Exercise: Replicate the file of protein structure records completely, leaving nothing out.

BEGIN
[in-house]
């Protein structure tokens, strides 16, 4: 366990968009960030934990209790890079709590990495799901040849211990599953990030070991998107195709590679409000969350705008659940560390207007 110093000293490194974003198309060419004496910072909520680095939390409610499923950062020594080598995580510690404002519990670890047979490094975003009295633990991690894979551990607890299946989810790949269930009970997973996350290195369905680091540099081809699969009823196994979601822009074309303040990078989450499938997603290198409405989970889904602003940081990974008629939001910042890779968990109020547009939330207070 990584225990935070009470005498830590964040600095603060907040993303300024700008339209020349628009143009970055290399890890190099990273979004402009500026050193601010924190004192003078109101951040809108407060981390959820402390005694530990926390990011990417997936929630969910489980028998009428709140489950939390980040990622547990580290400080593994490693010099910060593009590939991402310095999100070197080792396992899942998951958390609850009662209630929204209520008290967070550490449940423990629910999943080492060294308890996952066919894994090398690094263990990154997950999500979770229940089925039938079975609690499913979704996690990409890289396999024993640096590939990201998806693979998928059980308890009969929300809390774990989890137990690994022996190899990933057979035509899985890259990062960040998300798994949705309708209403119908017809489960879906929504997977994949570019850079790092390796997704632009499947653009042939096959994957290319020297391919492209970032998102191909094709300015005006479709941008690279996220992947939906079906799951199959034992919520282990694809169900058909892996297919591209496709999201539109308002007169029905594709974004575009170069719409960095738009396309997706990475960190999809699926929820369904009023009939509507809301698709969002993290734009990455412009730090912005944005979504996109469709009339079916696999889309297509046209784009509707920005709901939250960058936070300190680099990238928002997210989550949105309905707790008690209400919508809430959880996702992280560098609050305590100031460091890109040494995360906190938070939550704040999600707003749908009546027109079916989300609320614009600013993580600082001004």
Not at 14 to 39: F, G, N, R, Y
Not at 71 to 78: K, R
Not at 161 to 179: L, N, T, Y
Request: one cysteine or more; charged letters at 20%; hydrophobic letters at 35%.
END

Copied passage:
[in-house]
């Protein structure tokens, strides 16, 4: 366990968009960030934990209790890079709590990495799901040849211990599953990030070991998107195709590679409000969350705008659940560390207007 110093000293490194974003198309060419004496910072909520680095939390409610499923950062020594080598995580510690404002519990670890047979490094975003009295633990991690894979551990607890299946989810790949269930009970997973996350290195369905680091540099081809699969009823196994979601822009074309303040990078989450499938997603290198409405989970889904602003940081990974008629939001910042890779968990109020547009939330207070 990584225990935070009470005498830590964040600095603060907040993303300024700008339209020349628009143009970055290399890890190099990273979004402009500026050193601010924190004192003078109101951040809108407060981390959820402390005694530990926390990011990417997936929630969910489980028998009428709140489950939390980040990622547990580290400080593994490693010099910060593009590939991402310095999100070197080792396992899942998951958390609850009662209630929204209520008290967070550490449940423990629910999943080492060294308890996952066919894994090398690094263990990154997950999500979770229940089925039938079975609690499913979704996690990409890289396999024993640096590939990201998806693979998928059980308890009969929300809390774990989890137990690994022996190899990933057979035509899985890259990062960040998300798994949705309708209403119908017809489960879906929504997977994949570019850079790092390796997704632009499947653009042939096959994957290319020297391919492209970032998102191909094709300015005006479709941008690279996220992947939906079906799951199959034992919520282990694809169900058909892996297919591209496709999201539109308002007169029905594709974004575009170069719409960095738009396309997706990475960190999809699926929820369904009023009939509507809301698709969002993290734009990455412009730090912005944005979504996109469709009339079916696999889309297509046209784009509707920005709901939250960058936070300190680099990238928002997210989550949105309905707790008690209400919508809430959880996702992280560098609050305590100031460091890109040494995360906190938070939550704040999600707003749908009546027109079916989300609320614009600013993580600082001004």
Not at 14 to 39: F, G, N, R, Y
Not at 71 to 78: K, R
Not at 161 to 179: L, N, T, Y
Request: one cysteine or more; charged letters at 20%; hydrophobic letters at 35%.